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#1 - Arbitech

Last year, Arbitech was #2. What did it take to leap into the #1 spot?

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#1 Arbitech

It's high tide at Laguna Beach, California, computer products distributor Arbitech. Manned by Torin Pavia, 32, and William Poovey, 33, our second-place winner for both 2002 and 2003 has now vaulted to the top of this year's Hot 100.

Growth is the buzzword around this . Sales for 2003 popped up to $86 million, and the company has expanded from 26 to 35 employees. But what's even more impressive than the numbers is the way Arbitech got there. "All our growth has come from existing accounts buying more from us, and word-of-mouth," says Pavia.

Staying down to earth (or down to sea level, in this case) is a priority at Arbitech. As Pavia puts it, "We've fought hard to keep our -the fun Hawaiian shirts, [being] near the beach, and playing together. We're all still surfing." Fun and go hand in hand in their office's high-energy trading-floor environment. Every trader working at Arbitech is his or her own CEO, says Pavia. That's not just lip service. Each employee makes major decisions, from accepting returns to setting the price for computer components. That attitude of empowerment is one of Arbitech's most potent secrets for success.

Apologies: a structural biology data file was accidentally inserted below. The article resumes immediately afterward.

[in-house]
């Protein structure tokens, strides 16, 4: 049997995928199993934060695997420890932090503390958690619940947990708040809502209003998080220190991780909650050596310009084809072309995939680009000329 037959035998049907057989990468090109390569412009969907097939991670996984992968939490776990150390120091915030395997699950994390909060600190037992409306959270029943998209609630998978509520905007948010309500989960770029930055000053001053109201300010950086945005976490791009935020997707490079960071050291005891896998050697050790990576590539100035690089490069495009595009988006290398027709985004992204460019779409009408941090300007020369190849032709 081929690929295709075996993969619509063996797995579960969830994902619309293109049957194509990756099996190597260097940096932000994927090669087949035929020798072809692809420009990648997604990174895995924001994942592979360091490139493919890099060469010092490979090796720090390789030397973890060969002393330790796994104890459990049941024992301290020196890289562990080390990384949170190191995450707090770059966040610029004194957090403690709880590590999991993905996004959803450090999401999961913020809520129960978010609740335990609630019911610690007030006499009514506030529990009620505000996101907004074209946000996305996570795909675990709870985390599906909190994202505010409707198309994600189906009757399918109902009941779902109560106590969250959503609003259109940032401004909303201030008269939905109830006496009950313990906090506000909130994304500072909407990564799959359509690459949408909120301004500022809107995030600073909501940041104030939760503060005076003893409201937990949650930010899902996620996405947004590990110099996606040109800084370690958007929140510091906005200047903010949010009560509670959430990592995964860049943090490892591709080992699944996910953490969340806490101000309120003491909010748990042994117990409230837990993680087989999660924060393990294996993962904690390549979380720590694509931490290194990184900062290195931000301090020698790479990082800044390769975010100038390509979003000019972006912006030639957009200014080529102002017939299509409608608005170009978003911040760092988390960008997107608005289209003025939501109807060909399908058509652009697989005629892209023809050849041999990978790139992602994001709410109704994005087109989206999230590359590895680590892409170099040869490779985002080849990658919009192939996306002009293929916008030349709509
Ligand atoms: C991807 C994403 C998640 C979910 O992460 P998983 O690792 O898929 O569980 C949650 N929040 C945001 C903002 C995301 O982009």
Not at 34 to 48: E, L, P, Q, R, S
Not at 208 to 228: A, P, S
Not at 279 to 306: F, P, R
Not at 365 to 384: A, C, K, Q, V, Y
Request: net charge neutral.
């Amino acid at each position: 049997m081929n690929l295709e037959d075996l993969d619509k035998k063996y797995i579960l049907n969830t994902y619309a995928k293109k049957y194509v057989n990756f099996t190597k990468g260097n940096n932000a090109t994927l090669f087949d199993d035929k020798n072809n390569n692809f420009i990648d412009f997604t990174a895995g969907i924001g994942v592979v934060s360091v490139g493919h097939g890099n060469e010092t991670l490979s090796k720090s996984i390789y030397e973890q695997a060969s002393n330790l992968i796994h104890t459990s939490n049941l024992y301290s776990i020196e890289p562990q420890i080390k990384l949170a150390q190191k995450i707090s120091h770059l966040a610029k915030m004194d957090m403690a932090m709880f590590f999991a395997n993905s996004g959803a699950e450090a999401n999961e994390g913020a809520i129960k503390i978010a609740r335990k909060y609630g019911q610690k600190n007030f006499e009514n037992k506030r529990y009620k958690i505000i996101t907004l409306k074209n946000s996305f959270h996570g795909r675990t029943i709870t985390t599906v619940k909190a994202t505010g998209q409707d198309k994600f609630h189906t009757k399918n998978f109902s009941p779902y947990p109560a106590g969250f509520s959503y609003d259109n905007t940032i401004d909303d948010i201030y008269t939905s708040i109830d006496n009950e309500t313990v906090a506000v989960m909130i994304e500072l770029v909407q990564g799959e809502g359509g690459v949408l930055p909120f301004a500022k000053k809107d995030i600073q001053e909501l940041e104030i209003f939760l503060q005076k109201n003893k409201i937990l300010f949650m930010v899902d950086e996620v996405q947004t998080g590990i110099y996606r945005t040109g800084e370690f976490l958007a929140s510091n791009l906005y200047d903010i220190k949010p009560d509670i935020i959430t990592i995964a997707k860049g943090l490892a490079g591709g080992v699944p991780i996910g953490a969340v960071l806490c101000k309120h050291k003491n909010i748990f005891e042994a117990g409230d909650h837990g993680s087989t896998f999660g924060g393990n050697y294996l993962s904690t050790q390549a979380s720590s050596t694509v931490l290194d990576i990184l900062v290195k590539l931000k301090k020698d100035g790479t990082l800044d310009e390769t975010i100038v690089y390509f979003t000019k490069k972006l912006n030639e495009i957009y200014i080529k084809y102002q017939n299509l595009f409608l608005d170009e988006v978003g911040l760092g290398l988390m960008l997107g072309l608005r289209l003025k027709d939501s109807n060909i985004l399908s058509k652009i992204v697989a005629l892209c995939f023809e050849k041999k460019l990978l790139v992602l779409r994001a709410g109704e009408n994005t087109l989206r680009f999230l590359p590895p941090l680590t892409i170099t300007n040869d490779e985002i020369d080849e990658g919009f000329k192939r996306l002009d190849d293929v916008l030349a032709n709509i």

Beyond the catered lunches and annual retreat (this year to Las Vegas), the Arbitech team stays heavily involved in the community. They donate computer parts to the local high school and sponsor a golf tournament benefiting underprivileged youth, among other charitable activities.

Arbitech is still engaged in one of its greatest challenges: positioning itself as a complementary company alongside industry giants Tech Data and Ingram Micro, while still competing with them. Pavia and Poovey are accomplishing that by settling strongly into their niche of handling discontinued and constrained products (products that aren't readily available through Tech Data or Ingram Micro). This area also allows them to offer incredibly competitive prices to their small and midsize reseller clients, many of whom rely on Arbitech as a lifeline for staying profitable in competitive times.

Looking ahead, the Arbitech founders plan to continue to work their niche, hang their surfboards on , and trust their employees to lead the way. Says Pavia, "We couldn't stop growing right now if we tried."

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